County looks for answers from EIRUSS

Board of Supervisors
Kim Brooks
Express Editor

     The Jones County Supervisors met with representatives from EIRUSS (Eastern Iowa Regional Utility Service Systems) during their Sept. 29 board meeting. The purpose of the discussion centered on the financial status of both the Fairview wastewater system and the Center Junction water and wastewater systems.

     Matt Specht and Mark Schneider from EIRUSS were both present to field questions from the supervisors and update them on both systems.

     “Both Jones County systems continues to lose money,” said Specht.

     EIRUSS is seeking suggestions or assistance from Jones County “to help dig us out of the negative trend.”

     Specht said they do not want to have to raise rates again to help cover their losses.

     “We don’t feel we can raise rates again to get us through this,” he said.

     EIRUSS has reached out to Sen. Chuck Grassley’s office regarding the USDA funding the Fairview project received early on. Specht said there has been no help on this front.

     “There are a lot of issues with the Fairview system,” he added. “The pumps are not the greatest quality.”

     Both Specht and Schneider said the issues are not problems caused by the users of the system, but rather the equipment.

     While EIRUSS received a 40-year USDA fix-loan to fund the project, the equipment is owned and maintained by EIRUSS.

     Supervisor Wayne Manternach asked whether the USDA was contacted regarding the failed equipment.

     “Yes, and we’ve received no answer, no help,” said Schneider. “Our only option is to extend our loan, but that won’t change the interest rates.”

     Supervisor Lloyd Eaken, who sits on the EIRUSS board, contacted Sen. Grassley and Sen. Joni Ernst regarding the situation. He said he received the same answer as provided by the USDA.

     “There’s nothing they could do,” Eaken said. “And I contacted them as both a user (of the Fairview system) and a member of board of supervisors and EIRUSS.”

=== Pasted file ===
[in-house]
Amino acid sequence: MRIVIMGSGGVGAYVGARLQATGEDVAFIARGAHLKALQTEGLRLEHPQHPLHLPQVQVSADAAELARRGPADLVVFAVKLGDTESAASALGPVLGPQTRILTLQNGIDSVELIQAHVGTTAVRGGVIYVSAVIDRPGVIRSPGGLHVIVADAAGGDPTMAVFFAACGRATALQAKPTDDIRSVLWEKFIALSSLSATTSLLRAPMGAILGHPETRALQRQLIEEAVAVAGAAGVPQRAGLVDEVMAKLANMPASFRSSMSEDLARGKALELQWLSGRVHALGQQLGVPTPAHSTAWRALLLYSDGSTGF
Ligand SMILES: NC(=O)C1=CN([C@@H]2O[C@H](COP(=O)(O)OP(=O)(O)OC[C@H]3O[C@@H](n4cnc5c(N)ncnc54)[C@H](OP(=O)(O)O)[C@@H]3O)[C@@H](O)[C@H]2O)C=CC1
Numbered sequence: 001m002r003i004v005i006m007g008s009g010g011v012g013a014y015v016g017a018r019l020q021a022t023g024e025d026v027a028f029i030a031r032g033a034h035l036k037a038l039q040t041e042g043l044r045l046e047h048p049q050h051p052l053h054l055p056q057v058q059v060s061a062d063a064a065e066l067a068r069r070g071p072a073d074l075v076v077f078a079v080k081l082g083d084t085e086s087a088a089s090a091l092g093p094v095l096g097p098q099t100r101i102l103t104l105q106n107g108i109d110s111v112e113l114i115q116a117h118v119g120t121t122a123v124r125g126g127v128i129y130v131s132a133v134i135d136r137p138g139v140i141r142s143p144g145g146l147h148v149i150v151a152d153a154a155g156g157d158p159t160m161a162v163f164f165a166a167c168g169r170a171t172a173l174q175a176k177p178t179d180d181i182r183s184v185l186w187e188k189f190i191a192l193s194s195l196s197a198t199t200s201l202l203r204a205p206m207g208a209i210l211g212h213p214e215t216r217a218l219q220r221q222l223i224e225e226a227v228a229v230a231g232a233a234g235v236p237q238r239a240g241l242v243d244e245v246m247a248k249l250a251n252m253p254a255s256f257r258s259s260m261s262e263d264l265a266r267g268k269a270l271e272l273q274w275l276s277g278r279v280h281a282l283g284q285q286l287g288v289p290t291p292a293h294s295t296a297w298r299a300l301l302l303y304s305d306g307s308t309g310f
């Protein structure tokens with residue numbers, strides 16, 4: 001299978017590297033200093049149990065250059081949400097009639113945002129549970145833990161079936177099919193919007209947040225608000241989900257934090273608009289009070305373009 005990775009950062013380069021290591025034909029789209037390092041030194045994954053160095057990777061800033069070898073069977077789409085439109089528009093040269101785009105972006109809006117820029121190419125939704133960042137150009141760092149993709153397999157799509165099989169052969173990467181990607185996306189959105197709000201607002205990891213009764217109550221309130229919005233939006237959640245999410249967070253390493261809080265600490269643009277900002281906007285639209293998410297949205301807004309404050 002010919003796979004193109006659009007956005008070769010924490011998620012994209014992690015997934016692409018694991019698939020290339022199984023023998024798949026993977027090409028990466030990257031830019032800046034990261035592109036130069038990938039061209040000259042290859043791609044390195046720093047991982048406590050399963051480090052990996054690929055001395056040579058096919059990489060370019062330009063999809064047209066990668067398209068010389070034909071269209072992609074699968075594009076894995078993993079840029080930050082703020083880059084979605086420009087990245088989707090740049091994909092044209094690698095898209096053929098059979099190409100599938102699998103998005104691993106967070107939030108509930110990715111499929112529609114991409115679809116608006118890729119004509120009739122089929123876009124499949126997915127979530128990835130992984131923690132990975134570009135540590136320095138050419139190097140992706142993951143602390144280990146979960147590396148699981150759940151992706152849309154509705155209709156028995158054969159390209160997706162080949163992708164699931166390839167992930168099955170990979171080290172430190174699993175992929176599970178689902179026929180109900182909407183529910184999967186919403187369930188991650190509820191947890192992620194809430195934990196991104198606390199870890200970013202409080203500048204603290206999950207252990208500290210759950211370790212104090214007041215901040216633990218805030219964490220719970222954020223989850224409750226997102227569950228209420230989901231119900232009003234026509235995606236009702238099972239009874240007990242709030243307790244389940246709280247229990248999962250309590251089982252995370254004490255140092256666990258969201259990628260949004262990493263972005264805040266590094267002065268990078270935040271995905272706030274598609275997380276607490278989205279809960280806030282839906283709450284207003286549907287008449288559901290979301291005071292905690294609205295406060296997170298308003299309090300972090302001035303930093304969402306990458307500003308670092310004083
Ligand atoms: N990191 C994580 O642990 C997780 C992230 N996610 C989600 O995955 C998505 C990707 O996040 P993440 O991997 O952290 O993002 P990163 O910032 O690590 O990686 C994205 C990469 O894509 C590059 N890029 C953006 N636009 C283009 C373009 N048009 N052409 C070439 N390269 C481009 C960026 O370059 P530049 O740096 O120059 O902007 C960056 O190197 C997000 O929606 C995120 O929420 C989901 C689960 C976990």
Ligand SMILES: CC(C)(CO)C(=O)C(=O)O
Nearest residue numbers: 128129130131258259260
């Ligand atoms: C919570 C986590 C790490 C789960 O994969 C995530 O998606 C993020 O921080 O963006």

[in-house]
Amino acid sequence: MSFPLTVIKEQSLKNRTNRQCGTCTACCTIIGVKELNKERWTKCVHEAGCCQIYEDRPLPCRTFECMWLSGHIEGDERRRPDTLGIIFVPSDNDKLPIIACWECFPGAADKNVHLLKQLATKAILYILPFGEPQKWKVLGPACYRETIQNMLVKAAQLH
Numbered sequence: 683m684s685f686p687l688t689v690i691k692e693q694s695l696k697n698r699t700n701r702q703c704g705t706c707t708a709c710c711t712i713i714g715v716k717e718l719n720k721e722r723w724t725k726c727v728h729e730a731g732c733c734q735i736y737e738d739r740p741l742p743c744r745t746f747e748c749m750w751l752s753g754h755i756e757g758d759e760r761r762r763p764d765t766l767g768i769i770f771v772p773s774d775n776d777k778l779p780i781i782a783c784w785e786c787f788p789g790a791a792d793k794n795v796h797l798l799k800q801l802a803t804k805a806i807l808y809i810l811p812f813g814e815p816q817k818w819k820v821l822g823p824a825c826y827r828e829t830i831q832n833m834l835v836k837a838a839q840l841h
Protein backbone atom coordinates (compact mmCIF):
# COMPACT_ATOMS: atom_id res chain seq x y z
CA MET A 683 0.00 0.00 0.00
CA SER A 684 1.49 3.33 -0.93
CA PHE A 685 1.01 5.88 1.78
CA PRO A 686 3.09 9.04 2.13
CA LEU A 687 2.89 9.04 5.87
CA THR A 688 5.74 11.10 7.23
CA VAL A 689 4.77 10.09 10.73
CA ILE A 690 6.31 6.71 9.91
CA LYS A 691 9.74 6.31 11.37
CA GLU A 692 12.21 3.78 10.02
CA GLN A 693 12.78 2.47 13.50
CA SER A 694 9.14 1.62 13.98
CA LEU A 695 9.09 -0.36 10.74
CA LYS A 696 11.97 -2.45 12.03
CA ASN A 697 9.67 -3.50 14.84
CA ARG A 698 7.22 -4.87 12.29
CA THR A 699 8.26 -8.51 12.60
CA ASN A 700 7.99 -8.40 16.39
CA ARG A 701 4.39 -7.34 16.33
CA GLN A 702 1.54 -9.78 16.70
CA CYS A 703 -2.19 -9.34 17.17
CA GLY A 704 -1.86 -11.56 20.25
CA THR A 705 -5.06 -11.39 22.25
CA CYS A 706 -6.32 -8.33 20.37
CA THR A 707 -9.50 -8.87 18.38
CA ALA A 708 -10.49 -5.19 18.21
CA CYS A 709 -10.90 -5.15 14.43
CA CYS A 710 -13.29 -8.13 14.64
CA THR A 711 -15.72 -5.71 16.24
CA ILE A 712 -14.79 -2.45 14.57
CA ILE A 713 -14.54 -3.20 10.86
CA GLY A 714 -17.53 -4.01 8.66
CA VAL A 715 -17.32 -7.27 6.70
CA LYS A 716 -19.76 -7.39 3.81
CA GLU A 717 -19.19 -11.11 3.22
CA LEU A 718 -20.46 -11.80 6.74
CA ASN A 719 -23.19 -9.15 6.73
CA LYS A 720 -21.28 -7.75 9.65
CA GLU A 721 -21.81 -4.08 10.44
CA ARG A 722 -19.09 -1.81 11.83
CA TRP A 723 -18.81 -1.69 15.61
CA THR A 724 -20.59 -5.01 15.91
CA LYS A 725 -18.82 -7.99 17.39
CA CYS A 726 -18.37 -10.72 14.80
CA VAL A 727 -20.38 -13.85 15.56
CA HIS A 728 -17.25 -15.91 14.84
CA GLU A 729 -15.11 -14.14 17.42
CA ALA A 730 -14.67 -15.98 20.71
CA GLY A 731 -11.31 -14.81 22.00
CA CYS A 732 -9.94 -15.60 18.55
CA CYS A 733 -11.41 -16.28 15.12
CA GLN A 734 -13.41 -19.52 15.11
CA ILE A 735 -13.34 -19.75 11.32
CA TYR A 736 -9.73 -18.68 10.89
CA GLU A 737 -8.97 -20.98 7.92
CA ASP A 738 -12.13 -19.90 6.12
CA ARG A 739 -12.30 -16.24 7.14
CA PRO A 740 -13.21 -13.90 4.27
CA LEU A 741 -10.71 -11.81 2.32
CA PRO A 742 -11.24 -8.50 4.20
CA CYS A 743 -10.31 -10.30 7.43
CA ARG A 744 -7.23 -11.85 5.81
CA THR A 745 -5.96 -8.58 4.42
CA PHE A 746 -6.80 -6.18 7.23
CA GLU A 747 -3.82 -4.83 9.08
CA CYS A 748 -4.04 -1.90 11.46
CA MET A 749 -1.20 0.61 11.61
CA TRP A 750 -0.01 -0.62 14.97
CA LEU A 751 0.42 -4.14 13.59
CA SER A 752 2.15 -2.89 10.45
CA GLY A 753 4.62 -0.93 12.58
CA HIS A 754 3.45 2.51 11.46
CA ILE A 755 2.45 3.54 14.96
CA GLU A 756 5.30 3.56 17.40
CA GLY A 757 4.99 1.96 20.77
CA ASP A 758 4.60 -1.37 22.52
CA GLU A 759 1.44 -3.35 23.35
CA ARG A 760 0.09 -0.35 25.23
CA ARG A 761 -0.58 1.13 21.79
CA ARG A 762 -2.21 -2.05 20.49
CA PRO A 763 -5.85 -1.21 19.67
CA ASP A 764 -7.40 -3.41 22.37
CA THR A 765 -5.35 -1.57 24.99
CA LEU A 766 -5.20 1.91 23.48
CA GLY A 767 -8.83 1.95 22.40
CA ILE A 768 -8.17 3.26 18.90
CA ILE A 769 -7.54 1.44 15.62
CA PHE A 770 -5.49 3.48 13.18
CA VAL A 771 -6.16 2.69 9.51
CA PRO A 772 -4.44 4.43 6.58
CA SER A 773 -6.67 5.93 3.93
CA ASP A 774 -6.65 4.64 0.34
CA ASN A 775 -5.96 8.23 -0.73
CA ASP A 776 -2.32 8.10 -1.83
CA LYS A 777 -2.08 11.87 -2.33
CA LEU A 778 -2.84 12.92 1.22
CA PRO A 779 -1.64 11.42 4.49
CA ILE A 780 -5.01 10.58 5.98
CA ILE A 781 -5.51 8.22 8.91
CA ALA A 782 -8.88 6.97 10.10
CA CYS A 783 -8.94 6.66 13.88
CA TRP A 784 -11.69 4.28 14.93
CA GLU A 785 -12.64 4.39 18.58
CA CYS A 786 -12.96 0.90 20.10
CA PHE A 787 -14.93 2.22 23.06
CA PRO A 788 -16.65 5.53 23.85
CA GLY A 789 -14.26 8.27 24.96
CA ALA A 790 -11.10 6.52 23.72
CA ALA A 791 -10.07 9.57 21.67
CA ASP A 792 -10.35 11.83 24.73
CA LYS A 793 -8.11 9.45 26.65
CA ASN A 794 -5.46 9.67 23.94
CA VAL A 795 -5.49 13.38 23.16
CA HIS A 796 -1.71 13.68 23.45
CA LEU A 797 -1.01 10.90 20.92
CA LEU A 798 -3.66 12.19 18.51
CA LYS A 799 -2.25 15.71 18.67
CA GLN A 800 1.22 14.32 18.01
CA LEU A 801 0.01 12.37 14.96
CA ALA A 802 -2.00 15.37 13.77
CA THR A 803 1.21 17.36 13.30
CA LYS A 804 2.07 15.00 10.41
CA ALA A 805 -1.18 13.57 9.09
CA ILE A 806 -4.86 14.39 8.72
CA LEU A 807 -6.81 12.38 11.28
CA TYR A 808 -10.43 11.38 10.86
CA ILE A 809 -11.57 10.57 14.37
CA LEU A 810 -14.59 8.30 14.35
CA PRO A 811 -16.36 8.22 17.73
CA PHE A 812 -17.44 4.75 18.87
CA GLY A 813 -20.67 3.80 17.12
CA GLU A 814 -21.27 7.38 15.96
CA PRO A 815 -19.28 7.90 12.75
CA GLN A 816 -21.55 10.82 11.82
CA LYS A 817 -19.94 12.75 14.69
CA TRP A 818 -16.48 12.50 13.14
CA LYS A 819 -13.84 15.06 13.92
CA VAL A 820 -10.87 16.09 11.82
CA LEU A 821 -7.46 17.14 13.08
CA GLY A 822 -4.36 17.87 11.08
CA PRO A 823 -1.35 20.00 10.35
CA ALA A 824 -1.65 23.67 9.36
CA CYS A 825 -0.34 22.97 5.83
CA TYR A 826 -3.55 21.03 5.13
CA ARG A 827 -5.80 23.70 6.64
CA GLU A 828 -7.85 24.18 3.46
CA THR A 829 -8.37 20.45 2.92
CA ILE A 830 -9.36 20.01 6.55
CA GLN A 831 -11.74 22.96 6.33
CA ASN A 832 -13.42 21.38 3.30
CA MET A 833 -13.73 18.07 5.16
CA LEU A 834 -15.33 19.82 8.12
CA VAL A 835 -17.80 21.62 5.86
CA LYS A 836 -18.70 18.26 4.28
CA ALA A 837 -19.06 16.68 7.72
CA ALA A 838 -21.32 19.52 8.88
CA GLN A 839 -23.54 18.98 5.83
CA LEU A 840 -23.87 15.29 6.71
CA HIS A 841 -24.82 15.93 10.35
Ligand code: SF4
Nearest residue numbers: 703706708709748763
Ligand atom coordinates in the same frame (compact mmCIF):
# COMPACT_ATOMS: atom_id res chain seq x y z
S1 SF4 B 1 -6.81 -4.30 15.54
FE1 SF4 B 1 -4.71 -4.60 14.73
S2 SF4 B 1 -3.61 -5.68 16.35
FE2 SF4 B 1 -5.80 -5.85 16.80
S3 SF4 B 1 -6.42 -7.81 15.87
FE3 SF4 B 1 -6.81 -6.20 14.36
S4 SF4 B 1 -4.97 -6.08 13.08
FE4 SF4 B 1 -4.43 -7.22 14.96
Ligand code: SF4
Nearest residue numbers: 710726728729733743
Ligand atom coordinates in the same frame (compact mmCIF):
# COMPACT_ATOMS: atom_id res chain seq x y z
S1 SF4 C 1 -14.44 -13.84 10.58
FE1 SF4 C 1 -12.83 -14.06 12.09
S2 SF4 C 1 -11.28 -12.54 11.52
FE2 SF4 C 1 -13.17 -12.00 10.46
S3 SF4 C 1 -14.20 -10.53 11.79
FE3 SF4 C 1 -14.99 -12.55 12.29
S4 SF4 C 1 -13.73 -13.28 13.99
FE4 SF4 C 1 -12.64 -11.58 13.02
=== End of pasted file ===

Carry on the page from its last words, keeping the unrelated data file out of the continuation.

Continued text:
Schneider explained that when the USDA funds a project like this, it is the USDA that determines a reasonable rate users should pay per month, as well as determining operation and maintenance costs.

     “We were told the pumps meet the specs at a 20-year life,” noted Schneider. “But they’re only lasting a couple of years (before they have to be replaced again). So we’ve raised user rates to cover the cost to replace the pumps so often. And now we can’t keep up with it.”

     “We don’t feel we can put much more on the residents out there,” added Specht. “We need assistance getting us going in the right direction.”

     The board informed Specht and Schneider that the time to request county funding is during their budget season in early 2021.

     Supervisor Wayne Manternach asked whether the USDA was privy to the costs associated with the Fairview system.

     “They get our financials and audit every year,” answered Schneider.

     EIRUSS has 68 users on both the Fairview and Center Junction system.

     To assist EIRUSS, the board approved a Privacy Release Authorization Form for Rep. Abby Finkenaur to investigate the USDA funding of the Fairview sanitary sewer system.


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